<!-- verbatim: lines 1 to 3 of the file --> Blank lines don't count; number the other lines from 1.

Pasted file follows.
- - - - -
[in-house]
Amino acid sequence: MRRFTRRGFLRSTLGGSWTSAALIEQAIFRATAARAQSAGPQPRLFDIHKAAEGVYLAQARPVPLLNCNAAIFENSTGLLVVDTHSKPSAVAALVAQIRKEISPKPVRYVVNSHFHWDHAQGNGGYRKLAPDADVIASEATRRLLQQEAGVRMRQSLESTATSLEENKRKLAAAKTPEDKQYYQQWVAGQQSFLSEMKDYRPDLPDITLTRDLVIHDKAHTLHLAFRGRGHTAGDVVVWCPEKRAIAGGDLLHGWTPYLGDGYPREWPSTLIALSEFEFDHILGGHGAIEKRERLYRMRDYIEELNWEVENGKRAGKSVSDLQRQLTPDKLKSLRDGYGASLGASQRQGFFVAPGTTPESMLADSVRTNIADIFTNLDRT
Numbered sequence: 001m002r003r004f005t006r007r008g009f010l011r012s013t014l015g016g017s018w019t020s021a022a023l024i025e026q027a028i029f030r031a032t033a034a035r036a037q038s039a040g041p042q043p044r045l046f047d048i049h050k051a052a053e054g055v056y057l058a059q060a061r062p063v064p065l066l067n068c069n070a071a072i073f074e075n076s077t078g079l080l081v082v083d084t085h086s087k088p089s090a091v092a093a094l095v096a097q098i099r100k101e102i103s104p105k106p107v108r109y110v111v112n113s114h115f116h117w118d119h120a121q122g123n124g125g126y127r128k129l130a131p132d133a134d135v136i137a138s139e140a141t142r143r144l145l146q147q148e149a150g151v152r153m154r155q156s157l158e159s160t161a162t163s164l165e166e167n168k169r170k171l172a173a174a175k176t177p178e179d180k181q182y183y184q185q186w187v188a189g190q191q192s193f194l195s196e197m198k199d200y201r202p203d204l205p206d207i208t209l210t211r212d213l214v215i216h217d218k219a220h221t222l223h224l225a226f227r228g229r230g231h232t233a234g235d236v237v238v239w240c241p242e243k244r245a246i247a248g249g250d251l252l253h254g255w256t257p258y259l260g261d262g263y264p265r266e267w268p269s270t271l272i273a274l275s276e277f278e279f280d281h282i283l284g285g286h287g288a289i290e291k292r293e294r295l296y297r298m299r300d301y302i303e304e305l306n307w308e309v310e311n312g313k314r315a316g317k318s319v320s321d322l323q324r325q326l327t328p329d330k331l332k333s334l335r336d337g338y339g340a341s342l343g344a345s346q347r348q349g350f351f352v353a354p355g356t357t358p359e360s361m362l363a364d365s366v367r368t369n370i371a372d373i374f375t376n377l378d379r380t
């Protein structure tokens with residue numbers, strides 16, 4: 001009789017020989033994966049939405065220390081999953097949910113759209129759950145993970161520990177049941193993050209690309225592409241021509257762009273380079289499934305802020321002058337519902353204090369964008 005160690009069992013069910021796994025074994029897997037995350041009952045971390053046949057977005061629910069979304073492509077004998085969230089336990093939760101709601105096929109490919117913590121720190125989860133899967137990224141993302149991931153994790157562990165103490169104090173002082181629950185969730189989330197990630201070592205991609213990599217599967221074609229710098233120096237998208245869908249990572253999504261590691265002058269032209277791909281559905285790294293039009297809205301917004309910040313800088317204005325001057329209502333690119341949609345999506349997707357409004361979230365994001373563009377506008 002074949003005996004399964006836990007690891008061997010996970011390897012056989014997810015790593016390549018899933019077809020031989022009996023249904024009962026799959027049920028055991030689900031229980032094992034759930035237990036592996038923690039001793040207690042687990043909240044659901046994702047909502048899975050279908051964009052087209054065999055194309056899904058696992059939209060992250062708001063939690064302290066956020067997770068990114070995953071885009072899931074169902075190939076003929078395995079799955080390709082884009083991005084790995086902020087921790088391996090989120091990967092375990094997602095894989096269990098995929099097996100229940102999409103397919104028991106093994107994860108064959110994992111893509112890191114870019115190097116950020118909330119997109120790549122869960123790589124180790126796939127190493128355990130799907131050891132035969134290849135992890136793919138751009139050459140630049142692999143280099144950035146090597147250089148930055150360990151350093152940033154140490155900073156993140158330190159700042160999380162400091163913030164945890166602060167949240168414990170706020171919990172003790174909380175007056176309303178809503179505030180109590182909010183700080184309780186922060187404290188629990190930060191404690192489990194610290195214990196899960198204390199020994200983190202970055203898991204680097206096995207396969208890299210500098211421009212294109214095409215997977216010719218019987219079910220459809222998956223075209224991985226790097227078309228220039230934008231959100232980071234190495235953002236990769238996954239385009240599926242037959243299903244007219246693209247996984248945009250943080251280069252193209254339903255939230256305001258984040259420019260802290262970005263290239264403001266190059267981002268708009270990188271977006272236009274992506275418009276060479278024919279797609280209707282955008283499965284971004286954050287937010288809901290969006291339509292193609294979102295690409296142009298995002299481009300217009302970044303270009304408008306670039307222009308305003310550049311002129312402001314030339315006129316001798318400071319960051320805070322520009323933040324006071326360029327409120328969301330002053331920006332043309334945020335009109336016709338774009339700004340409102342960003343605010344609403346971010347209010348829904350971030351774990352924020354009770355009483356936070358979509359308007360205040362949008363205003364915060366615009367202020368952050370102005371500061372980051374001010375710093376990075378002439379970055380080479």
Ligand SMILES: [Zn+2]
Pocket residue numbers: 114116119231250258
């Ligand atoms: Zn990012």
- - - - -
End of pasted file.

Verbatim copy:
[in-house]
Amino acid sequence: MRRFTRRGFLRSTLGGSWTSAALIEQAIFRATAARAQSAGPQPRLFDIHKAAEGVYLAQARPVPLLNCNAAIFENSTGLLVVDTHSKPSAVAALVAQIRKEISPKPVRYVVNSHFHWDHAQGNGGYRKLAPDADVIASEATRRLLQQEAGVRMRQSLESTATSLEENKRKLAAAKTPEDKQYYQQWVAGQQSFLSEMKDYRPDLPDITLTRDLVIHDKAHTLHLAFRGRGHTAGDVVVWCPEKRAIAGGDLLHGWTPYLGDGYPREWPSTLIALSEFEFDHILGGHGAIEKRERLYRMRDYIEELNWEVENGKRAGKSVSDLQRQLTPDKLKSLRDGYGASLGASQRQGFFVAPGTTPESMLADSVRTNIADIFTNLDRT
Numbered sequence: 001m002r003r004f005t006r007r008g009f010l011r012s013t014l015g016g017s018w019t020s021a022a023l024i025e026q027a028i029f030r031a032t033a034a035r036a037q038s039a040g041p042q043p044r045l046f047d048i049h050k051a052a053e054g055v056y057l058a059q060a061r062p063v064p065l066l067n068c069n070a071a072i073f074e075n076s077t078g079l080l081v082v083d084t085h086s087k088p089s090a091v092a093a094l095v096a097q098i099r100k101e102i103s104p105k106p107v108r109y110v111v112n113s114h115f116h117w118d119h120a121q122g123n124g125g126y127r128k129l130a131p132d133a134d135v136i137a138s139e140a141t142r143r144l145l146q147q148e149a150g151v152r153m154r155q156s157l158e159s160t161a162t163s164l165e166e167n168k169r170k171l172a173a174a175k176t177p178e179d180k181q182y183y184q185q186w187v188a189g190q191q192s193f194l195s196e197m198k199d200y201r202p203d204l205p206d207i208t209l210t211r212d213l214v215i216h217d218k219a220h221t222l223h224l225a226f227r228g229r230g231h232t233a234g235d236v237v238v239w240c241p242e243k244r245a246i247a248g249g250d251l252l253h254g255w256t257p258y259l260g261d262g263y264p265r266e267w268p269s270t271l272i273a274l275s276e277f278e279f280d281h282i283l284g285g286h287g288a289i290e291k292r293e294r295l296y297r298m299r300d301y302i303e304e305l306n307w308e309v310e311n312g313k314r315a316g317k318s319v320s321d322l323q324r325q326l327t328p329d330k331l332k333s334l335r336d337g338y339g340a341s342l343g344a345s346q347r348q349g350f351f352v353a354p355g356t357t358p359e360s361m362l363a364d365s366v367r368t369n370i371a372d373i374f375t376n377l378d379r380t